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Trophy hunters’ willingness to pay for wildlife conservation and community benefits.

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Fischer, A., Tibebe Weldesemat, Y., Czajkowski, M., Tadie, D. & Hanley, N. (2015) Trophy hunters’ willingness to pay for wildlife conservation and community benefits. Conservation Biology. Published online 3rd March 2015.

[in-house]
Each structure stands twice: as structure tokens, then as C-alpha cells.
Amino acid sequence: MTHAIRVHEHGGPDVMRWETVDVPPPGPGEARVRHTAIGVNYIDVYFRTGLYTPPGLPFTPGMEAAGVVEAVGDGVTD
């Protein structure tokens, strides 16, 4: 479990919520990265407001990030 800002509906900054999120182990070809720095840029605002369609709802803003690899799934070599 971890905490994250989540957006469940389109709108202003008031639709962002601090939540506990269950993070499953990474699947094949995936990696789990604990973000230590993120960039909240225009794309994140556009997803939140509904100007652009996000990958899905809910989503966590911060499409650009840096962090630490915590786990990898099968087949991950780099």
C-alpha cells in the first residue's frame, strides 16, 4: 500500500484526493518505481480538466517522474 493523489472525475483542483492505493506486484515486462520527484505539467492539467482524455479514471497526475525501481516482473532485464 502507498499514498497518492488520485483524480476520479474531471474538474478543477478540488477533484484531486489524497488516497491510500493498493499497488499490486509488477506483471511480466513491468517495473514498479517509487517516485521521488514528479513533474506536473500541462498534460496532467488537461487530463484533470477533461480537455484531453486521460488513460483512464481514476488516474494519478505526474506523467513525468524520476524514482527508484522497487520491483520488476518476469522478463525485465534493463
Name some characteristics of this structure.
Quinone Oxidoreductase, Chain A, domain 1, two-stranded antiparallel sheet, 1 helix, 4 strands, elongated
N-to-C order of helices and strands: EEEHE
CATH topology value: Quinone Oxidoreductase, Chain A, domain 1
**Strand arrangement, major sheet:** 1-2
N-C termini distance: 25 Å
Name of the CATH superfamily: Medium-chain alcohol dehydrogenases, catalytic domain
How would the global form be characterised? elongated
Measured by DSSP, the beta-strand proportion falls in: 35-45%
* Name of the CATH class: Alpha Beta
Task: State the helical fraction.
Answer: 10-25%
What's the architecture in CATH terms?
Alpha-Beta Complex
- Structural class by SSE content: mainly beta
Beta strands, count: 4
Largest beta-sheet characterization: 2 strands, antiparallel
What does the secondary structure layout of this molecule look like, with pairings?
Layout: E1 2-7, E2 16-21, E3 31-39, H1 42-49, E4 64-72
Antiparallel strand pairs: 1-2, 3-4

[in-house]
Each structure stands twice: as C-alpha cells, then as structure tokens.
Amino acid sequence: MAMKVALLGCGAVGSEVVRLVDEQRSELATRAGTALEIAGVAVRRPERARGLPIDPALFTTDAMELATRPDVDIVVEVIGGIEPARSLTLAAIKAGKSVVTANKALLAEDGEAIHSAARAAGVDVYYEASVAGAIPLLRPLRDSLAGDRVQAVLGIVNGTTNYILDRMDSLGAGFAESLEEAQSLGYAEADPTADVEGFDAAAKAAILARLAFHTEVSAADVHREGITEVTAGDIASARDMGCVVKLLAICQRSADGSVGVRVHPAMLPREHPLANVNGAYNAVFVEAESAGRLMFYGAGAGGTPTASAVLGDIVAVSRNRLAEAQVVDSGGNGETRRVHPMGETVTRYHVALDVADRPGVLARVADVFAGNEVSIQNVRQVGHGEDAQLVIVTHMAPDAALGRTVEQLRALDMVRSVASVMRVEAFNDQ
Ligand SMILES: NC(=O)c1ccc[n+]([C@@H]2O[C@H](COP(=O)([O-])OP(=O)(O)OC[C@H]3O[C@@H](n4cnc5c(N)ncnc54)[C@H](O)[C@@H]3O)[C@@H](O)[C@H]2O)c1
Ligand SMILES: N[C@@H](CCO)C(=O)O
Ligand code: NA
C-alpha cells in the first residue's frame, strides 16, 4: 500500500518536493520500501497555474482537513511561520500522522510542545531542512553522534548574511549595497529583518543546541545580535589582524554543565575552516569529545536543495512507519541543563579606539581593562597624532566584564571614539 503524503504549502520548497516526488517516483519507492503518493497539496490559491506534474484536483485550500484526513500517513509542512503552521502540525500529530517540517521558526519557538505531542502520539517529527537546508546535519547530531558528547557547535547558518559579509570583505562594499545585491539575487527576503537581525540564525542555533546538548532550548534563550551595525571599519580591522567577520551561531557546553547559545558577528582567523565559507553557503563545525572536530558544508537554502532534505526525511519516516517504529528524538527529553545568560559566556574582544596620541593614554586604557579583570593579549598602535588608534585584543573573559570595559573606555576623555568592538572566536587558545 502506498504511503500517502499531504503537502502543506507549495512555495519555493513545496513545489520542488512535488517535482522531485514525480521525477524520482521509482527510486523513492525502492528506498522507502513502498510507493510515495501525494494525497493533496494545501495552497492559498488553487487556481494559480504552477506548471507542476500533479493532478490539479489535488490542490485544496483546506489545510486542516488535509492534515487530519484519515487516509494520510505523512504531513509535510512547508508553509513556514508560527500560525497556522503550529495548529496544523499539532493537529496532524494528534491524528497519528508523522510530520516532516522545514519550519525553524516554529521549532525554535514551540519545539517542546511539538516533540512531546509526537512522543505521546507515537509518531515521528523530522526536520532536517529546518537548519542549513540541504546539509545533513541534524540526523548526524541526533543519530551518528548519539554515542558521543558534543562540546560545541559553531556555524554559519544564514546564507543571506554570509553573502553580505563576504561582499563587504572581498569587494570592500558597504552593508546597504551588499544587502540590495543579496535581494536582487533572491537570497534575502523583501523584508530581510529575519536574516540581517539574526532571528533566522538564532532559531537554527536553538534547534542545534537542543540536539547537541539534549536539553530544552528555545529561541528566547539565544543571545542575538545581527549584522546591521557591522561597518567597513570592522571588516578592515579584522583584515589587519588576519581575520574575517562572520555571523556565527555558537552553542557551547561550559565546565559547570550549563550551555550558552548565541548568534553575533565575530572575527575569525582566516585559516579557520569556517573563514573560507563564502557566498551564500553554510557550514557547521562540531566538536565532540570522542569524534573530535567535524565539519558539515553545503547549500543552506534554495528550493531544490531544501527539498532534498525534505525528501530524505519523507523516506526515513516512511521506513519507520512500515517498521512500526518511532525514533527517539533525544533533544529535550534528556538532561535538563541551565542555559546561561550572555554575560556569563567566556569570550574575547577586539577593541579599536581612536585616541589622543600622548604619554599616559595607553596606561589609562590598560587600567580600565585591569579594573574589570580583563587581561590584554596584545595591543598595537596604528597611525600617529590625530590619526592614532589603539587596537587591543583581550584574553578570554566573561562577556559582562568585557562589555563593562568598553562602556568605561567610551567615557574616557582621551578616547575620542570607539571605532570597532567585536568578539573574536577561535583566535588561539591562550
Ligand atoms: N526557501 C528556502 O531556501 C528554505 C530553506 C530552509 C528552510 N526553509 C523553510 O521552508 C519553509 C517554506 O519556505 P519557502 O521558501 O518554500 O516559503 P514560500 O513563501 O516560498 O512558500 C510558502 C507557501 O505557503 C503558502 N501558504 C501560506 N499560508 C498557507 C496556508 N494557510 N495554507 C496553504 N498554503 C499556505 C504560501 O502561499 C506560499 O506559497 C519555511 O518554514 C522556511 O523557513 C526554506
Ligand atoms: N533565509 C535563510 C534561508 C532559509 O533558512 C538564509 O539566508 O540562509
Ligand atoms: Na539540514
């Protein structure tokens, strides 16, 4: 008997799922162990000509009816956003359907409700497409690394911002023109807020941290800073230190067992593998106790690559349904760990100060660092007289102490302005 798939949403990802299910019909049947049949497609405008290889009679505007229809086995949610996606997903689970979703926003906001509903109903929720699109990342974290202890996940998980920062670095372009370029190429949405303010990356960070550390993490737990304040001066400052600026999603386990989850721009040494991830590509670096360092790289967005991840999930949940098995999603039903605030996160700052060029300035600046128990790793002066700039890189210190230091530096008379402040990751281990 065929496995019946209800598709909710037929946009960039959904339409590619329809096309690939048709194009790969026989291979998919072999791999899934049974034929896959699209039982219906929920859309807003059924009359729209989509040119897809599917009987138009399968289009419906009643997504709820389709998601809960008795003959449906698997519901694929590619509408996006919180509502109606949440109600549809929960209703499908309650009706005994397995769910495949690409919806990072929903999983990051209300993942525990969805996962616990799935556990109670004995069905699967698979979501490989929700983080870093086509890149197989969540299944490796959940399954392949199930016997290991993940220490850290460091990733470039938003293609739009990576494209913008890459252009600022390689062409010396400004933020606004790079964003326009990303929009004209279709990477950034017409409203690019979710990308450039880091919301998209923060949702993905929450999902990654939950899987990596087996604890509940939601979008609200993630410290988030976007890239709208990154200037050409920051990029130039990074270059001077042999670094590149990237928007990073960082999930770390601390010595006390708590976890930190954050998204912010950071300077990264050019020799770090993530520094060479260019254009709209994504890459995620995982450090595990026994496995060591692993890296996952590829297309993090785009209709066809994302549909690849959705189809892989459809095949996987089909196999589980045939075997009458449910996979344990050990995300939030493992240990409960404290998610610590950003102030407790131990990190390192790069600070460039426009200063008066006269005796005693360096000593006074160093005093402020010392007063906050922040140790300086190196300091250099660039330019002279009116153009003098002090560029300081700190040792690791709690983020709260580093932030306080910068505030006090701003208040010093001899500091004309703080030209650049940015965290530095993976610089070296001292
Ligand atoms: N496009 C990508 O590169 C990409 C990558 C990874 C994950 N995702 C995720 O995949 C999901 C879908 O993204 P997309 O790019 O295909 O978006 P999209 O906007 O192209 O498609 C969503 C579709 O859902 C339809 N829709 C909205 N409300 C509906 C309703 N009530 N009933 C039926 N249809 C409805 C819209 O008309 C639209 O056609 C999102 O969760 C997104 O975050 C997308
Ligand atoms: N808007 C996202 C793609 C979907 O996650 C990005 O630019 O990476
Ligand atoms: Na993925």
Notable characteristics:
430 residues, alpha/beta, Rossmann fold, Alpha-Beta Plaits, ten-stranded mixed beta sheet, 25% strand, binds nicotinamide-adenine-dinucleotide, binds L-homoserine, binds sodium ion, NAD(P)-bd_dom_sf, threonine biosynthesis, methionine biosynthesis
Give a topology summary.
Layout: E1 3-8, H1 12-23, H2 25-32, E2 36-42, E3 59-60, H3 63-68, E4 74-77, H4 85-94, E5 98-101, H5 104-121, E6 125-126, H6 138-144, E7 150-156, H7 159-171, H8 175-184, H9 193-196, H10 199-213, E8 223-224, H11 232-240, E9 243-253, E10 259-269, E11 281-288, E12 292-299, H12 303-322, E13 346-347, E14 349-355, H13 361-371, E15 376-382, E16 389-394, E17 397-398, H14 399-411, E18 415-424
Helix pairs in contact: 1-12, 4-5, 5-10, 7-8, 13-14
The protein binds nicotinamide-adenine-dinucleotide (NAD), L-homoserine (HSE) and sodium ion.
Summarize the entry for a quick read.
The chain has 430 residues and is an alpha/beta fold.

In the face of fundamental land-use changes, the potential for trophy hunting to contribute to conservation is increasingly recognised. Trophy hunting can, for example, provide economic incentives to protect wildlife populations and their habitat, but empirical studies on these relationships are few and tend to focus on the effects of benefit-sharing schemes from an ex post perspective. This study investigated the conditions under which trophy hunting could facilitate wildlife conservation in Ethiopia ex ante. The authors used a choice experiment approach to survey international trophy hunters’ (n = 224) preferences for trips to Ethiopia. Participants expressed strong preferences and, consequently, were willing to pay substantial premiums for hunting trips to areas with abundant nontarget wildlife where domestic livestock was absent and for arrangements that offered benefit sharing with local communities. For example, within the range of percentages considered in the survey, respondents were on average willing to pay an additional $3900 for every 10 percentage points of the revenue being given to local communities. The study suggest that trophy hunting in Ethiopia could generate substantially more financial support for conservation and be more in line with conservation objectives than is currently the case.

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